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Letter: Nuclear power not all that clean

New York State Troopers stand at the main

New York State Troopers stand at the main entrance of the Indian Point nuclear power plant, Saturday May 9, 2015, after a transformer failed, causing a fire that has been extinguished in Buchanan, N.Y. Credit: AP / Craig Ruttle

This letter is in response to the letter from the executive director of the New York Affordable Reliable Electricity Alliance ["Three steps to better air quality," May 8].

I agree with the first two steps. Increased use of alternatively powered vehicles would reduce emissions of dangerous greenhouse gases such as carbon dioxide and carbon monoxide. Also, accelerating the removal of heating oil from buildings would reduce mishaps during disposal that lead to contamination of groundwater.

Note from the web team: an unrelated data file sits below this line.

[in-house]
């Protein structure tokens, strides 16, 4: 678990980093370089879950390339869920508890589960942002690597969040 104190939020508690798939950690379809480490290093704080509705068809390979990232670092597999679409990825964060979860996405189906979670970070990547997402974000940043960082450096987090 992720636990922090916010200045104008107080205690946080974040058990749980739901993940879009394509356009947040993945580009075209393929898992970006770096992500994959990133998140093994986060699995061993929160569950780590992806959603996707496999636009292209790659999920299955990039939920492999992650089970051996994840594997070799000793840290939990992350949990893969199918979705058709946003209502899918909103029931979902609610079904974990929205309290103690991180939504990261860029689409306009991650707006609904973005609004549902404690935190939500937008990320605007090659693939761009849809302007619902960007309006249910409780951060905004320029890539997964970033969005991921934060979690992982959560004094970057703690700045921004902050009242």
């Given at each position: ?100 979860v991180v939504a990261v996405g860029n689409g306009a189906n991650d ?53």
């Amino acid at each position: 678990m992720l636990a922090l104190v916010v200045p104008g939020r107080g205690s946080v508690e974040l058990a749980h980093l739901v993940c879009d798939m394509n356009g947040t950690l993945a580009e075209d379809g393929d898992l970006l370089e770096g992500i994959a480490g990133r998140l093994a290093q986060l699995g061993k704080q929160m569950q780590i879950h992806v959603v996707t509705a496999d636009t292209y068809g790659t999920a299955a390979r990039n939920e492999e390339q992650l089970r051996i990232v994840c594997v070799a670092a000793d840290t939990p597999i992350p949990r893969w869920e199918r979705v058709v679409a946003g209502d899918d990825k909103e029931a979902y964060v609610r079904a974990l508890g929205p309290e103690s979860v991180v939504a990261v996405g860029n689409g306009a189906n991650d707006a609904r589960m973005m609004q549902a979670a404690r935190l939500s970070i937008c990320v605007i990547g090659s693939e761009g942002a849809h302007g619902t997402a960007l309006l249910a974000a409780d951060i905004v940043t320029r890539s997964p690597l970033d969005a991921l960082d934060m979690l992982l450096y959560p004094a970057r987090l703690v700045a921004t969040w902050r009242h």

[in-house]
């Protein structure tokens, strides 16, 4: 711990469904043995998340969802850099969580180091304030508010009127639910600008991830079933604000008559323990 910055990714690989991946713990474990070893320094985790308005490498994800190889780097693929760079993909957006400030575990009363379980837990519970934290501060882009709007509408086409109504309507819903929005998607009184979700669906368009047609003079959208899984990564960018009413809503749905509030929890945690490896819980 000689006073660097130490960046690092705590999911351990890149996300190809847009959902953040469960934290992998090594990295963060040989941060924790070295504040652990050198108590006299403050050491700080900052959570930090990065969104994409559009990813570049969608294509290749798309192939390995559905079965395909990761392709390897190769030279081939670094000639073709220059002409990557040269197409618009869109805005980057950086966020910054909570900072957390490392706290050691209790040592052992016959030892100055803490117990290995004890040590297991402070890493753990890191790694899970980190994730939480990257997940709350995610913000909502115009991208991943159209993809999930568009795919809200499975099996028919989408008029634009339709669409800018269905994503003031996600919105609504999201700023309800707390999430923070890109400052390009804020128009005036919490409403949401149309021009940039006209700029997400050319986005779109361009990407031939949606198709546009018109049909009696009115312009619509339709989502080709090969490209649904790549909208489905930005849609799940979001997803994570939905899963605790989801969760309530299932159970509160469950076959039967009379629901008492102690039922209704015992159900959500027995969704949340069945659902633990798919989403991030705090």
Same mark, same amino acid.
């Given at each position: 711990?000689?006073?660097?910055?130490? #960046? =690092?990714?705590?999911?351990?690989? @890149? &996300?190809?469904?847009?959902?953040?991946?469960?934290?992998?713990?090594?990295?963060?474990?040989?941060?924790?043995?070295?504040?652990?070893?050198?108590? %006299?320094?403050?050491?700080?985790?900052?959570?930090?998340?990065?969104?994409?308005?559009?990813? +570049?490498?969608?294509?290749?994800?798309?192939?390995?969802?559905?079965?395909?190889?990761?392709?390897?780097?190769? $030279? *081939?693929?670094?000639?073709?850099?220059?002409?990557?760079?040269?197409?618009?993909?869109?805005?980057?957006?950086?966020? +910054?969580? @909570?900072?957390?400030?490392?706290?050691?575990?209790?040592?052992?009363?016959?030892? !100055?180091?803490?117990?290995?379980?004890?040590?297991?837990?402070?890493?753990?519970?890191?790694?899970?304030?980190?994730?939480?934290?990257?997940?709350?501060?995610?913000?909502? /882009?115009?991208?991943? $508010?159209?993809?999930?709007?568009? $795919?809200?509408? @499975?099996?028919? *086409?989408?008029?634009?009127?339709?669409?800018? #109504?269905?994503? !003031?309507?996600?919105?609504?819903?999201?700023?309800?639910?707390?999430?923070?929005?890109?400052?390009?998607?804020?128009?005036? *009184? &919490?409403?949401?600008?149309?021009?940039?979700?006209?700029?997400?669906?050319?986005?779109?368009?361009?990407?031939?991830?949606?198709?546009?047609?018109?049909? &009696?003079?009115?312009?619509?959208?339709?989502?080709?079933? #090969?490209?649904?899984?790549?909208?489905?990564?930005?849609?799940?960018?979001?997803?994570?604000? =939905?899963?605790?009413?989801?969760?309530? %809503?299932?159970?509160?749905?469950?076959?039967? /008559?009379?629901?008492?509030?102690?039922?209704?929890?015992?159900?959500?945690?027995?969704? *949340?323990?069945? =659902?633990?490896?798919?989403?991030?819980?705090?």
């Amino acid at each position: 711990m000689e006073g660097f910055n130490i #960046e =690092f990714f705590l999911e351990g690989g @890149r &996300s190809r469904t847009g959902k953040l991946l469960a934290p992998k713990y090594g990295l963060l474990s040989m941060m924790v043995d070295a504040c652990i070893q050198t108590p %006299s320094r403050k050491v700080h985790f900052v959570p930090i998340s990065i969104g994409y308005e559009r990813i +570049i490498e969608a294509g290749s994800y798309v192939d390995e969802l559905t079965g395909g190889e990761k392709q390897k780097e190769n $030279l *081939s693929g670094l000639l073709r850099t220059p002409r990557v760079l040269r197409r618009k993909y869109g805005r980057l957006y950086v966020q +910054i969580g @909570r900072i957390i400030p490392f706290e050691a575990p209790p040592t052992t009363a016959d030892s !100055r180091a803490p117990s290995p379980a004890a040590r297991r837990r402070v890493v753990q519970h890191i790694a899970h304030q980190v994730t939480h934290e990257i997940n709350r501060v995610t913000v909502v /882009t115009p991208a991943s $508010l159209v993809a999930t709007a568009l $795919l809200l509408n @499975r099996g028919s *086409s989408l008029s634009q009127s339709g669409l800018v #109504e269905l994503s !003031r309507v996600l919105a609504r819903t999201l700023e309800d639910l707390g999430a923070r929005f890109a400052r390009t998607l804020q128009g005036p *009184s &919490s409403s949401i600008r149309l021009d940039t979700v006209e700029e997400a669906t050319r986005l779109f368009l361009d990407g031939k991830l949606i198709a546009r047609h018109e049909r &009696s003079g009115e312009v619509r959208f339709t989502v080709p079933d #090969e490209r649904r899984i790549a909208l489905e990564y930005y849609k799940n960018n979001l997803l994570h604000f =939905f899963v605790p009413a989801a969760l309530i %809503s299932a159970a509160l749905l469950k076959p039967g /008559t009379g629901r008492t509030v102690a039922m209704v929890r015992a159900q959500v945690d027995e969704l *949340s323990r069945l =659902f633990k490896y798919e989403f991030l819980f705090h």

However, I disagree that we should continue to build nuclear power plants. Although nuclear power is very clean during use, typically only emitting water vapor or hot steam into the atmosphere, I would not call it clean energy.

There are many steps before and after the actual use of uranium-235 in the nuclear power plant. The mining, milling and enrichment of uranium use immense amounts of fossil fuel. The fabrication of uranium-235 into pellets and powder for use in the nuclear reactors uses large amounts of energy.

These steps should not be glanced over. Massive amounts of greenhouse gases are pumped into the atmosphere to make, manage and maintain "clean" nuclear power plants.

Christopher Woods, Rockville Centre